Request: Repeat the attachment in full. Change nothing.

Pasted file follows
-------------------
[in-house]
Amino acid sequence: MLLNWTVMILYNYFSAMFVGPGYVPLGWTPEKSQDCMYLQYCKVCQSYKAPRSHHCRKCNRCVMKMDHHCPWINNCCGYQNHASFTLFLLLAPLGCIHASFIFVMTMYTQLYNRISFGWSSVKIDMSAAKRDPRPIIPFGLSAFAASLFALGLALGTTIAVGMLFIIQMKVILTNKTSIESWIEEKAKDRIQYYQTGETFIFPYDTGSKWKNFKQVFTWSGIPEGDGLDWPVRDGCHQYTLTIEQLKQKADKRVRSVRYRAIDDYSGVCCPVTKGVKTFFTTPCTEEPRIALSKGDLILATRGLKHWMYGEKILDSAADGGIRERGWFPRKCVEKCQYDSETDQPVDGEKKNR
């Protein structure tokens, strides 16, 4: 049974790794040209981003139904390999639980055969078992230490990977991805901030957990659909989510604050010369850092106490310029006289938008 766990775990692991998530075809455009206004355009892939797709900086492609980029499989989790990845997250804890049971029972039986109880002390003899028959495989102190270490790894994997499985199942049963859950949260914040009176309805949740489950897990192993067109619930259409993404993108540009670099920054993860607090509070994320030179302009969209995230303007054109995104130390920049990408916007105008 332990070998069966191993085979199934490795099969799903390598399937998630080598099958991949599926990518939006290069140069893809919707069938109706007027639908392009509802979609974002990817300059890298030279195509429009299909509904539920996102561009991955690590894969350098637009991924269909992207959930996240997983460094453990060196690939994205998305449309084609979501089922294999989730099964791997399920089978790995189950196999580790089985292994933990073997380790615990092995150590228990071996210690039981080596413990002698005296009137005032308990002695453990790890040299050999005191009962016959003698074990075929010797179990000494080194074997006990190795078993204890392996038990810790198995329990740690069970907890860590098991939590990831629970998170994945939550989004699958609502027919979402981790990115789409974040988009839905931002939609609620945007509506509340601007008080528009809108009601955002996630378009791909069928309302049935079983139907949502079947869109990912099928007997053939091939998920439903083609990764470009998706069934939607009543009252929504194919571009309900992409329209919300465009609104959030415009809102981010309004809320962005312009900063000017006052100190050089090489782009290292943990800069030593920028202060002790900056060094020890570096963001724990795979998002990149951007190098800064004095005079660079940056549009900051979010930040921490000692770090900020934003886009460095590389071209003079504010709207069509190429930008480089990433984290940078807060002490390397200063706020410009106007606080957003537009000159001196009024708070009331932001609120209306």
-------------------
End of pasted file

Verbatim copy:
[in-house]
Amino acid sequence: MLLNWTVMILYNYFSAMFVGPGYVPLGWTPEKSQDCMYLQYCKVCQSYKAPRSHHCRKCNRCVMKMDHHCPWINNCCGYQNHASFTLFLLLAPLGCIHASFIFVMTMYTQLYNRISFGWSSVKIDMSAAKRDPRPIIPFGLSAFAASLFALGLALGTTIAVGMLFIIQMKVILTNKTSIESWIEEKAKDRIQYYQTGETFIFPYDTGSKWKNFKQVFTWSGIPEGDGLDWPVRDGCHQYTLTIEQLKQKADKRVRSVRYRAIDDYSGVCCPVTKGVKTFFTTPCTEEPRIALSKGDLILATRGLKHWMYGEKILDSAADGGIRERGWFPRKCVEKCQYDSETDQPVDGEKKNR
């Protein structure tokens, strides 16, 4: 049974790794040209981003139904390999639980055969078992230490990977991805901030957990659909989510604050010369850092106490310029006289938008 766990775990692991998530075809455009206004355009892939797709900086492609980029499989989790990845997250804890049971029972039986109880002390003899028959495989102190270490790894994997499985199942049963859950949260914040009176309805949740489950897990192993067109619930259409993404993108540009670099920054993860607090509070994320030179302009969209995230303007054109995104130390920049990408916007105008 332990070998069966191993085979199934490795099969799903390598399937998630080598099958991949599926990518939006290069140069893809919707069938109706007027639908392009509802979609974002990817300059890298030279195509429009299909509904539920996102561009991955690590894969350098637009991924269909992207959930996240997983460094453990060196690939994205998305449309084609979501089922294999989730099964791997399920089978790995189950196999580790089985292994933990073997380790615990092995150590228990071996210690039981080596413990002698005296009137005032308990002695453990790890040299050999005191009962016959003698074990075929010797179990000494080194074997006990190795078993204890392996038990810790198995329990740690069970907890860590098991939590990831629970998170994945939550989004699958609502027919979402981790990115789409974040988009839905931002939609609620945007509506509340601007008080528009809108009601955002996630378009791909069928309302049935079983139907949502079947869109990912099928007997053939091939998920439903083609990764470009998706069934939607009543009252929504194919571009309900992409329209919300465009609104959030415009809102981010309004809320962005312009900063000017006052100190050089090489782009290292943990800069030593920028202060002790900056060094020890570096963001724990795979998002990149951007190098800064004095005079660079940056549009900051979010930040921490000692770090900020934003886009460095590389071209003079504010709207069509190429930008480089990433984290940078807060002490390397200063706020410009106007606080957003537009000159001196009024708070009331932001609120209306």